Mahathir?s Malaysia gives voice to antisemitism For Mahathir, Jews have served as an additional, if imaginary, force working against the Malays' development. The rationale for this supposed Jewish counterforce has been, for example, that Malaysia's progress undermines the economic interests of Jews, or that Jews are naturally hostile to Moslems, or due to the affinity between the Palestinian and Malay causes. In a 1970 book outlining his view of the problems facing the Malay people, The Malay Dilemma, Mahathir wrote that "the Jews for example are not merely hook-nosed, but understand money instinctively." Prime minister since 1981, Mahathir?s government has long been an adversary of Israel in international forums, particularly in the United Nations, and actively advocated the economic boycott. Throughout the 1980?s Mahathir spoke of foreign (and critical) newspapers being controlled by Jews, and of Zionist plots to undermine his government. A litany of other incidents are evidence of continued antagonism, such as the following:
in 1983, the Protocols of the Elders of Zion was printed in Malaysia; the 1986 visit of Israeli President Chaim Herzog to Singapore was fiercely criticized by the Malaysian government, and the Malaysian high commissioner was temporarily withdrawn to Kuala Lumpur; in a 1986 speech at meeting of the Non-Aligned Movement, Mahathir stated that "the expulsion of Jews from the Holy Land 2,000 years ago and the Nazi oppression of Jews have taughtthem nothing. If anything at all, it has transformed the Jews into the very monsters that they condemn so roundly in their propaganda material. They have been apt pupils of the late Dr. Goebbels"; and in 1994 the Malaysian film censor refused to license the screening of "Schindler?s List" because of the film?s apparently excessive sympathy towards Jews. The censor wrote that "its seems the illustration is a propaganda with the purpose of asking for sympathy, as well as to tarnish the other [German] race."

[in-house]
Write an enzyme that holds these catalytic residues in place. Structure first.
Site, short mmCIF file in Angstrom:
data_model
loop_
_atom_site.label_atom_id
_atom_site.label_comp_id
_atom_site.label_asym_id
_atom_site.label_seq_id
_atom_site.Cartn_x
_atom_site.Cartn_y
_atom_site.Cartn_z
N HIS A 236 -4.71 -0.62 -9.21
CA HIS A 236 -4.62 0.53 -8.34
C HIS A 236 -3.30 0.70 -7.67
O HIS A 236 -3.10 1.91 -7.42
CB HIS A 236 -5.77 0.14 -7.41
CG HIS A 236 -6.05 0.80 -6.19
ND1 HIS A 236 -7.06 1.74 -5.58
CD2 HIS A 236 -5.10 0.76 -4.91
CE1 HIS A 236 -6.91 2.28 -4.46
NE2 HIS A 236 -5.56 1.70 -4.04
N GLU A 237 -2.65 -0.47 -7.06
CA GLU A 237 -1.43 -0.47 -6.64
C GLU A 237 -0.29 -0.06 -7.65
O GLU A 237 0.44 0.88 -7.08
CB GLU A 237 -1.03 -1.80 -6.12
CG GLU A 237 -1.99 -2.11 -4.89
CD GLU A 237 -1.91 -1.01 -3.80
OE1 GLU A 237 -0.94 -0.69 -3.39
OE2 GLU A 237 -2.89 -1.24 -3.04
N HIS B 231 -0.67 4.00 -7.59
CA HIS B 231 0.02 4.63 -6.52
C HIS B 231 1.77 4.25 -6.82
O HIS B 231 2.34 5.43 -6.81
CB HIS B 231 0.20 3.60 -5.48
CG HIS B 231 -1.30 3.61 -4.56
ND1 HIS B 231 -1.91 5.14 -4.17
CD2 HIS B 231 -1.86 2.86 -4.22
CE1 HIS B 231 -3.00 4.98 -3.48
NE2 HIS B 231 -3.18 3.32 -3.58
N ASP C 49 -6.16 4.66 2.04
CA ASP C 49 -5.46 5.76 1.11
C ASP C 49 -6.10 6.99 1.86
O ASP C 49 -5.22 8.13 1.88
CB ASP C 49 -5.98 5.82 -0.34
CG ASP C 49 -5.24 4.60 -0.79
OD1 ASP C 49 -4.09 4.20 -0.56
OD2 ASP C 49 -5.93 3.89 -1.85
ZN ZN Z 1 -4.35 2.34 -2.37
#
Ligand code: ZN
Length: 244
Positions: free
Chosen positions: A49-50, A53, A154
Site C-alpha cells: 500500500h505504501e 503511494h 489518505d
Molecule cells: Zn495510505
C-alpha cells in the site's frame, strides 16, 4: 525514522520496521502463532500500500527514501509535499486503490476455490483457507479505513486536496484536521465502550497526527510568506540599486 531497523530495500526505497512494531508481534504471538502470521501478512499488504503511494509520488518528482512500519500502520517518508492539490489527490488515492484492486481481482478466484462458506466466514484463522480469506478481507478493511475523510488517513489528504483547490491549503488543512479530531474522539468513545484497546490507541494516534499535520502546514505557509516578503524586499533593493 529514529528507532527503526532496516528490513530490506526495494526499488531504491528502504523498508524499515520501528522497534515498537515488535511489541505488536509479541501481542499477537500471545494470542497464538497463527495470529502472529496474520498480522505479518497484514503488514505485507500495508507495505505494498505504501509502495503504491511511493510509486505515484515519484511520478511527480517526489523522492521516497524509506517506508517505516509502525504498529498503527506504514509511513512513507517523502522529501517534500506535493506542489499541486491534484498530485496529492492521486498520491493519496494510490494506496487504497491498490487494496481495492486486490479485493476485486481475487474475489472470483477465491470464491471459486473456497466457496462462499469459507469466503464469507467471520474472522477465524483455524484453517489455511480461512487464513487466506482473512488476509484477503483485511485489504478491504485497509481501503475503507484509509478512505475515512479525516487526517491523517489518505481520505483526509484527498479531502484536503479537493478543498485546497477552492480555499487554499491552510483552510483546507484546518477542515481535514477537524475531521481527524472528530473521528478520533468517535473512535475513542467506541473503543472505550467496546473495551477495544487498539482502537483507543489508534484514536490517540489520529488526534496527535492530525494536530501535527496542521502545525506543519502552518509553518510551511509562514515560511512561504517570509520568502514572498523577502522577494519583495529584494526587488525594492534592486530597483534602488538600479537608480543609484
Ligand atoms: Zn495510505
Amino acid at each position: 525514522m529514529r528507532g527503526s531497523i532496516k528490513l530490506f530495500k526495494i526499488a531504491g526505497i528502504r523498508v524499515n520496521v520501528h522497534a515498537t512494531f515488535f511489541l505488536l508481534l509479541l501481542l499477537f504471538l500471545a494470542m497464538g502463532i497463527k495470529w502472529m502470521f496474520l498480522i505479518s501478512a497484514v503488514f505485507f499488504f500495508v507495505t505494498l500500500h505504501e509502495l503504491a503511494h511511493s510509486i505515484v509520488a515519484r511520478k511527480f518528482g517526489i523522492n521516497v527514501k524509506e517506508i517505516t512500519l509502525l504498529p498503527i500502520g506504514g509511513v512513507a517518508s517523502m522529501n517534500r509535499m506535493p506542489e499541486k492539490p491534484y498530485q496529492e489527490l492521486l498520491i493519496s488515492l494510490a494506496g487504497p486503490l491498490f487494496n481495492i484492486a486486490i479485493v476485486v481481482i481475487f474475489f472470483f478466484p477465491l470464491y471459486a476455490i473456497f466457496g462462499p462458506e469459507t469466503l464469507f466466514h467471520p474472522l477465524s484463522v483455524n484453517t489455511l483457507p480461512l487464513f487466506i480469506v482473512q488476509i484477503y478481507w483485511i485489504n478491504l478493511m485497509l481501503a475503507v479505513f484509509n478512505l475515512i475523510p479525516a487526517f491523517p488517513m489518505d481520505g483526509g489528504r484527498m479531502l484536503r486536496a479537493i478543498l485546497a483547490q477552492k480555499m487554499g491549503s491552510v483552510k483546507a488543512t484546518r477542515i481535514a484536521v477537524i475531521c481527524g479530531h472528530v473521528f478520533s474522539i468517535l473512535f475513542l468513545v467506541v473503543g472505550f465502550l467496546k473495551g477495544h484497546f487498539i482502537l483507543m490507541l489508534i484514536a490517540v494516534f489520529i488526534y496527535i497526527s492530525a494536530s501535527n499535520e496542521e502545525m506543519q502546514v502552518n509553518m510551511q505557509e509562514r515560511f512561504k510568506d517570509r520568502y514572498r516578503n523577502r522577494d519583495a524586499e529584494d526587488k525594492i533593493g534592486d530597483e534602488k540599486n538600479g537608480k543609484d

In most cases, Jews are associated with classical antisemitic characteristics: parties to international conspiracies, an excessive propensity for material gain, causing unemployment and economic instability, and animosity towards Moslems.
Mahathir targets Soros - and the Jews The recent crisis of confidence in Asian currencies, which saw many Asian currencies plunge in the months of October-November 1997, had a dire effect on the Malaysian ringgit. Speaking at the International Monetary Fund?s conference in Hong Kong in October 1997, when the crisis was shaking markets across the region, Mahathir spoke of the presence of "sinister powers" working against the progress of Asian economies. He criticized financier George Soros for having caused the currency instability - but one of a number of similar allegations against Soros - and called him a "moron".
On his return to Malaysia, Mahathir repeated that Soros was culpable for the ringgit?s plunge. Describing Soros, who is of Jewish origin, as a Jew, Mahathir went on to say that Jews were generally responsible for the currency?s collapse: